McKesson Leads Second-Busiest Week for U.S. Corporate Bond Sales

McKesson Corp. and Gilead Sciences Inc. led the second-busiest week on record for U.S. bond sales as borrowers locked in the lowest relative yields in about seven years with markets stabilizing following turmoil in Ukraine.

McKesson, the largest U.S. drug distributor, raised $4.1 billion in a five-part sale and Foster City, California-based Gilead issued $4 billion as they led offerings of $61.4 billion, according to data compiled by Bloomberg. Sales were the busiest ever behind $91.2 billion in the five days ended Sept. 13.

Offerings increased to the most since Verizon Communications Inc. issued a record $49 billion as investors gravitated to safer assets amid the worst standoff between Russia and the West since the end of the Cold War. The extra yield investors demand to hold corporate bonds relative to government securities narrowed to the lowest level since the beginning of the financial crisis amid speculation tension in Ukraine wouldn’t worsen into a wider conflict.

“Financial conditions remain very conducive to bond issuance and were perhaps made even more attractive by the Ukraine crisis,” Edward Marrinan, a macro credit strategist at RBS Securities, said in a telephone interview from Stamford, Connecticut. Falling Treasury yields “opened a window that created very attractive borrowing opportunities for many companies who were coming out of blackouts.”

The extra yield investors demand to own corporate bonds rather than government debentures narrowed to 177 basis points yesterday, the lowest since July 2007, according to the Bank of America Merrill Lynch U.S. Corporate & High Yield index. Yields increased to 3.81 percent from 3.76 percent on Feb. 28, within 50 basis points of their all-time lows.

‘Opportunistic Aspects’

“Issuance costs are low for corporates that need or want the cash,” Guy LeBas, chief fixed-income strategist at Janney Montgomery Scott LLC in Philadelphia, said in a telephone interview. “There’s some opportunistic aspects to the increase in issuance.”

McKesson sold bonds for the first time in a year, issuing debt ranging in maturity from 18 months to 30 years, Bloomberg data show. The pharmaceuticals distributor issued $1.1 billion of 3.796 percent, 10-year notes to yield 110 basis points more than similar-maturity Treasuries.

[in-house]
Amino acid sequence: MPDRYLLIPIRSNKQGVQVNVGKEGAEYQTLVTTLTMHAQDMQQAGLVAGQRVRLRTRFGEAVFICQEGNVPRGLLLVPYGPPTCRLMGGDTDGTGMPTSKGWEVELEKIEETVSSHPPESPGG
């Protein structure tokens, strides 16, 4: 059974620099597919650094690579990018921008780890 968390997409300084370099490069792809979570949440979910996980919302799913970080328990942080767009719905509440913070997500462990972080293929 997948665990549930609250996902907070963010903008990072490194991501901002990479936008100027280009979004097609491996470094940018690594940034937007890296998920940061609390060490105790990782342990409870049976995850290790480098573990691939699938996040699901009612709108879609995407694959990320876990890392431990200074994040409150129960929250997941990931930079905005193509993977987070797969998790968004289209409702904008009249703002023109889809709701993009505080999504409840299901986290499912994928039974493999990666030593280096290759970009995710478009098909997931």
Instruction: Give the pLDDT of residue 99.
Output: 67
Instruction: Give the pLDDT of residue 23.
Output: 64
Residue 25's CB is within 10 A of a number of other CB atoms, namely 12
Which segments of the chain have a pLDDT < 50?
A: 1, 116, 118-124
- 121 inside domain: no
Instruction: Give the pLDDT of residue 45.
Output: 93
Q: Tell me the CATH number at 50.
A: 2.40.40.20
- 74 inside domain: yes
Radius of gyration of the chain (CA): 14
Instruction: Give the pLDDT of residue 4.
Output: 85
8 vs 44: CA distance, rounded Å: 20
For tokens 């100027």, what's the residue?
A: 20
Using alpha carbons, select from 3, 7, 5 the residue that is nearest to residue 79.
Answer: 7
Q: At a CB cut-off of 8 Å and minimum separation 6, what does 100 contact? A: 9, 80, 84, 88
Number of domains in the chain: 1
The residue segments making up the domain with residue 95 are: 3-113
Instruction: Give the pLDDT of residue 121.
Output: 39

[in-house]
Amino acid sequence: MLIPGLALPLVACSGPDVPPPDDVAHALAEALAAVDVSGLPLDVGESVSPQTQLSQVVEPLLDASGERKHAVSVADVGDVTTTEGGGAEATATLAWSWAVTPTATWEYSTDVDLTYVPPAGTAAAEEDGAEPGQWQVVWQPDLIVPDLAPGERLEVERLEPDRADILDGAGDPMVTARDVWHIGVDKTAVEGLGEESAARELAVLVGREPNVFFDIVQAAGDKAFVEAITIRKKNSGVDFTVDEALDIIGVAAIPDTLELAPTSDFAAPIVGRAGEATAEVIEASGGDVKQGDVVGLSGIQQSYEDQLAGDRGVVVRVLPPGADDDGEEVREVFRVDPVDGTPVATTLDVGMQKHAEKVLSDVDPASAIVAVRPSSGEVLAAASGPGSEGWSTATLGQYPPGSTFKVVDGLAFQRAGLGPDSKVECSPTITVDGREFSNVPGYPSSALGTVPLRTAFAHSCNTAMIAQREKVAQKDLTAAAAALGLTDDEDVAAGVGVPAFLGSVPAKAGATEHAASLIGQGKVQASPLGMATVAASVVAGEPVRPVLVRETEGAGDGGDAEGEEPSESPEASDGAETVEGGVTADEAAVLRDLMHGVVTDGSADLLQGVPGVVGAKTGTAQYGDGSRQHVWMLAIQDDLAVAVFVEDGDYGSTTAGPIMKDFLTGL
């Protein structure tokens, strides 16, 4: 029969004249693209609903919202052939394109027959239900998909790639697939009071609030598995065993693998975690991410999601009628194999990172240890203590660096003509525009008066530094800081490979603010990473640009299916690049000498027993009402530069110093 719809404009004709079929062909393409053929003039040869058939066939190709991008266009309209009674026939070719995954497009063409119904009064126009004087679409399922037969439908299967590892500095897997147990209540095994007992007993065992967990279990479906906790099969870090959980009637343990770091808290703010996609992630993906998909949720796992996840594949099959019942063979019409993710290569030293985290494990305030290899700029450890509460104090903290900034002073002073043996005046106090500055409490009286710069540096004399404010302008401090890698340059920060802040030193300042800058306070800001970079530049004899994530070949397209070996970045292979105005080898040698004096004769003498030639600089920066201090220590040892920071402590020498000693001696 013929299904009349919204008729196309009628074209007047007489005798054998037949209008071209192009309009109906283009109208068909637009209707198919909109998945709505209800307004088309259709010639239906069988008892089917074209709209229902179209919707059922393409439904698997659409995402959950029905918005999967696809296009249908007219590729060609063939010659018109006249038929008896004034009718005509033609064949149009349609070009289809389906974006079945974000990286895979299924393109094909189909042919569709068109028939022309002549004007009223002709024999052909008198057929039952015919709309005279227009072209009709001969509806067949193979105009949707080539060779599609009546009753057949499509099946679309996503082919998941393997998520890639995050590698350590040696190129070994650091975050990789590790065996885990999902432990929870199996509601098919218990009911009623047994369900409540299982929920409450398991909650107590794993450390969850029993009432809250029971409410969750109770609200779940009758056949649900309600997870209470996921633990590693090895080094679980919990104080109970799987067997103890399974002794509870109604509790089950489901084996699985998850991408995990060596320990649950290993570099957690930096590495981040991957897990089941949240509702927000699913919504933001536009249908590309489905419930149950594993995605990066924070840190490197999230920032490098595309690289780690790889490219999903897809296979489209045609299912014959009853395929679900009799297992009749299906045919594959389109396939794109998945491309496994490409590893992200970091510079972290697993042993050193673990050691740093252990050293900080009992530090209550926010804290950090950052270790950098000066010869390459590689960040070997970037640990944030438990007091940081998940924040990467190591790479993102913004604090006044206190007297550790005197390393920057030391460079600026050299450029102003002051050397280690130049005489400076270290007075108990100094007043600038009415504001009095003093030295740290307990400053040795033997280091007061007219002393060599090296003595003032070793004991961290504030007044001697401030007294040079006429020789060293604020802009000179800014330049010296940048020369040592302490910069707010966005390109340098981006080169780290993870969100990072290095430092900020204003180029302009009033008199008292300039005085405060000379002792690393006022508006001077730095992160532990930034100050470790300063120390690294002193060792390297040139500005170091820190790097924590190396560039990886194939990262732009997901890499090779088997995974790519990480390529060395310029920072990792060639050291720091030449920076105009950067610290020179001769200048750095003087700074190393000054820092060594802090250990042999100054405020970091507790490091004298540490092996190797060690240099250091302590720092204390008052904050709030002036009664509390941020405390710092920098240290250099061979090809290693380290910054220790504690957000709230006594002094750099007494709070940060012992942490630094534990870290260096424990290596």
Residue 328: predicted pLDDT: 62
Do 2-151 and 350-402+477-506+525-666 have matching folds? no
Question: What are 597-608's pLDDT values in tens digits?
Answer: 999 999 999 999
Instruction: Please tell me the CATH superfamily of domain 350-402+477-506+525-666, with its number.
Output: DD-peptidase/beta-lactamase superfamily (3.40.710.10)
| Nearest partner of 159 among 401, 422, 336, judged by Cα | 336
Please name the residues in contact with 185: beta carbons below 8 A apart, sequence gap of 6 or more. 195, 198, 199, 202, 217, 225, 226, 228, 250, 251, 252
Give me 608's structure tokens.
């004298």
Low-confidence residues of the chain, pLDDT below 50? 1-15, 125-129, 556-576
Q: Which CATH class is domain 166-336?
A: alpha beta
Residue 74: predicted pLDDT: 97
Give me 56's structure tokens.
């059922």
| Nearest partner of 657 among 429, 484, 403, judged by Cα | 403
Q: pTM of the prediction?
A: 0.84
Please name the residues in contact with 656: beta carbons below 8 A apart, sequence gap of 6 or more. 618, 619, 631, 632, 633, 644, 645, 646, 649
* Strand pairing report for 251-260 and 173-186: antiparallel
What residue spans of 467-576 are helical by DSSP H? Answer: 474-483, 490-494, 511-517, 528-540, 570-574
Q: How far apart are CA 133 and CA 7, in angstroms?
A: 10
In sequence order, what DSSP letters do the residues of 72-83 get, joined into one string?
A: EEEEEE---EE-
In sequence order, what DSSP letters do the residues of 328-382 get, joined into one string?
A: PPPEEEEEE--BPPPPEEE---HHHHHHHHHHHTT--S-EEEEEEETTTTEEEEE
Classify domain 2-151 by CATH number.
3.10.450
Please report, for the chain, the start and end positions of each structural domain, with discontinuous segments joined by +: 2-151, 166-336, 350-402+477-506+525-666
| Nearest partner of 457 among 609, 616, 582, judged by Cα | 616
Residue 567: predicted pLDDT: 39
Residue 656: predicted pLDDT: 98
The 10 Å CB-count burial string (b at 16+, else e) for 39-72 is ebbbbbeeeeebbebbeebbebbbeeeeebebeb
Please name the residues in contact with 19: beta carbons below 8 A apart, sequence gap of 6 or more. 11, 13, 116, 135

Gilead, the world’s largest maker of HIV medicines, offered its first bonds since December 2011 with a three-part issue, Bloomberg data show. The sale included $1.75 billion each of 3.7 percent, 10-year bonds with a relative yield of 102 basis points and 4.8 percent, 30-year securities at a 117 basis-point spread, the data show. Proceeds will be used for debt repayment and other general corporate purposes.

‘Fully Open’

Sales of investment-grade debentures reached at least $51.3 billion, compared with $32.1 billion last week and the third-busiest week ever, Bloomberg data show. Offerings of speculative-grade bonds reached at least $10.1 billion, compared with $2.3 billion last week and the most since $11.3 billion in the five days ended Jan. 17.

High-risk, high-yield bonds are rated below Baa3 by Moody’s Investors Service and lower than BBB- at Standard & Poor’s.

“This return to relative calm has allowed the primary market to fully open,” analysts led by Hans Mikkelsen at Bank of America Corp. wrote in a March 5 report. “The underlying pace of supply has remained very robust so far in March as issuers come out of blackout and continue to take advantage of the favorable market conditions.”

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